The application of the capitalist “remedy” for East and Central European economies has resulted in bringing those economies to their knees. The West, in the spirit of collaboration we know so well, invested over 120 billion euros in the economies of the former Eastern Bloc, ostensibly to aid and support their reconstruction and development. In reality, it was much more a question of helping oneself, to maintain privileges which, in a capitalist system, can only come from exploiting the periphery. With the South subjected to maximum pressure, the transition of East European economies was just what was needed. Debts were soon accumulated and the means to repay them disappeared in the pockets of the predator classes. Insolvency was just around the corner. Then the IMF turned up with its loans conditioned upon the application of structural adjustment programmes. For those who may not be familiar with the system, this means redundancies, reduced salaries, increased VAT, selling public assets, pension cuts and so forth… with ever more hardship and inequality.

...and one foot in the struggle, very much in the present!

Once we understand what is going on – and the same applies to all the countries of the former Eastern Bloc and the Balkans— what can we do? It was to talk about this very matter that we gathered on that weekend in Wroclaw, with about a hundred activists from Hungary, Bosnia-Herzegovina, Ukraine, Serbia, Slovakia, Croatia, Montenegro, Slovenia, Romania, the Czech Republic, Greece, Bulgaria, Poland, Austria, Russia, Belorussia, as well as Tunisia, Cameroon, Germany, Belgium, China, the United States, Switzerland, Palestine, Colombia (I hope I have not forgotten any...), representing a broad panorama of regional situations and ongoing struggles. And there are many struggles. Yet very quickly, another problem becomes clear: at first glance, the state of leftwing movements in Eastern Europe, by which I mean organized progressive movements fighting for a fairer, more egalitarian society – leaves a lot to be desired. The governments in power in Hungary, Poland and Croatia (not to mention Bosnia!) make the picture even grimmer.

Greece is a focal point of the overall situation in Europe. The financial crisis revealed the chasm that exists between Northern and Southern Europe, and now the refugee crisis reveals the chasm between the East and the West. Greece is a concentration of all these crises and is paying the price of the European Union’s inability to come up with any proper solutions. Today, resistance is mounting among the people around Europe, solidarity with migrants is being organized by citizens locally and solutions to the Greek crisis are emerging in the form of self-organized health centres and social centres. We are all duty-bound to give them our active support and solidarity.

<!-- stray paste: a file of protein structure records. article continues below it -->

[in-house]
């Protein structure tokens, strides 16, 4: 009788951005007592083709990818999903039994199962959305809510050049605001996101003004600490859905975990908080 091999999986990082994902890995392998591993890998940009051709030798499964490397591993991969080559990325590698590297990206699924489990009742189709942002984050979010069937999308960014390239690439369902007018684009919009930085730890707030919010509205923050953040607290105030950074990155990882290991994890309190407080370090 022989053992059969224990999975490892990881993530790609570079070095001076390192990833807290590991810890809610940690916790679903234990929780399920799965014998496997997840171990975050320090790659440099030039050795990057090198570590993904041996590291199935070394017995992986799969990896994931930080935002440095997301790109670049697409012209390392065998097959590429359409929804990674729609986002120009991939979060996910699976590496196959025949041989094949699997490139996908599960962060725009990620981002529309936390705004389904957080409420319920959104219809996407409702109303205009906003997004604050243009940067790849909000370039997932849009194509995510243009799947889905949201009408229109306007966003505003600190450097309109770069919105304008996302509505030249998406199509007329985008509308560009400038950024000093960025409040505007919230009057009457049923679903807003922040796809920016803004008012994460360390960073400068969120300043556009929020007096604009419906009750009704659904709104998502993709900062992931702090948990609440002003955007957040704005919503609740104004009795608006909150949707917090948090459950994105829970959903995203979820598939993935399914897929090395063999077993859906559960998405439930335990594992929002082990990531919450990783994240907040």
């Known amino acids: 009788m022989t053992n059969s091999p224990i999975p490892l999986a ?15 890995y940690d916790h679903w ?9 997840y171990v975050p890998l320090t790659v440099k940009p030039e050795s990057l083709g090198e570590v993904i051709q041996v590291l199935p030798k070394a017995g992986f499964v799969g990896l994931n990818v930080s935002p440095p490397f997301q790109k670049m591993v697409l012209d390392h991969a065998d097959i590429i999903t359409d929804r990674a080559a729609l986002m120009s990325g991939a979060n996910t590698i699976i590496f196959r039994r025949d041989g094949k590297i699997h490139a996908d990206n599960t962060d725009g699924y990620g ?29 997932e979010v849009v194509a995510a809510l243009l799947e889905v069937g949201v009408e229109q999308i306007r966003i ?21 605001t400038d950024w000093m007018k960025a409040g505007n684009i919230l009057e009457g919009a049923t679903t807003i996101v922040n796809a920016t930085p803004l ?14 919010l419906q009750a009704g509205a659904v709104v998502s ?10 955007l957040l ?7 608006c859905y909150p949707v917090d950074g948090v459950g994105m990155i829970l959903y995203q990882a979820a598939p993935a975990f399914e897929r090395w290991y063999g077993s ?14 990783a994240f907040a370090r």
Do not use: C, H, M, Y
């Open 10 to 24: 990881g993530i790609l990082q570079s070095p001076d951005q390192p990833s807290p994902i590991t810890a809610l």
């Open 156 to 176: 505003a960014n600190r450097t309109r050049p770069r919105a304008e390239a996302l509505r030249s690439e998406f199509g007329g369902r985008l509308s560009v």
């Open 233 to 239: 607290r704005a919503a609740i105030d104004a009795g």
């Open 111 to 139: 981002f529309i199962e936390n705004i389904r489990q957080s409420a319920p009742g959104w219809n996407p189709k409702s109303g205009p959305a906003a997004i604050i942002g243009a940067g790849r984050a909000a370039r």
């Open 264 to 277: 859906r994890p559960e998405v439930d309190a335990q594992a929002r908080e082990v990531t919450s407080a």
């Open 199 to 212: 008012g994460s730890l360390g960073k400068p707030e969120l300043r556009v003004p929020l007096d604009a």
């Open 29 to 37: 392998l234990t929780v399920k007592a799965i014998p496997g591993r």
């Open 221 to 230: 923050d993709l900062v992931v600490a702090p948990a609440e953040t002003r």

In Poland the resistance movement against evictions and, more broadly, against mortgage debts that are illegitimate and illegal on several counts, [3] is gaining strength and managing to win some battles while at the same time bringing this emblematic topic to the forefront. In Hungary activists are succeeding in drawing in more and more people to take part in meetings and citizens’ actions. They have created a movement which was able to influence local elections, and this is just the beginning.

The year 2011 saw the start of the Arab uprisings in Tunisia and Egypt, as well as the emergence of the “Indignados” in Spain and “Occupy Wall Street” in the United States. In 2012 we saw enormous demonstrations in Slovenia. In 2013, all eyes were on Turkey and Brazil. In 2014, there were popular uprisings in Bosnia, where students and workers joined forces, voicing the same demands and creating “Plenums” (huge popular assemblies). As for the political arena, there seem to be clear signs of change in the air, with the rise of Syriza in Greece, Podemos in Spain, the IRA in Ireland, as well as the emergence of Corbyn in the United Kingdom and Sanders in the United States. All these promising developments call into question the way government institutions are run and reflect the material possibilities of a social revolution.

Those taking part in the Social Forum collectively reasserted the importance of an anti-capitalist struggle and unanimously called for the dissolution of NATO and an end to militarization. The crisis of neoliberal policies has triggered the resurgence of far right political forces and fascist-like ideologies. Capitalism prefers fascism to the power of the people. The participants have therefore decided to organize a meeting on the issue of refugees in Southern Europe, in either Greece or Italy, this year; to hold the next East and Central European Social Forum in Spring 2017 in either Bulgaria or Hungary; to broaden and reinforce cooperation between movements in these countries and in North Africa and Latin America as well as with social movements in China.

Another world is not only possible but necessary, and it is on its way.

Footnotes :

[1Wolfgang Munchau, Europe enters the age of disintegration, Financial Times, 29 February 2016 (accessible at:

[2This is according to the main Polish trade union, “August 89”. Their minimum threshold required to participate in society includes access to decent housing, enough money for food and clothing, access to one cultural event per month, amongst other things.

Pierre Gottiniaux

CADTM Belgium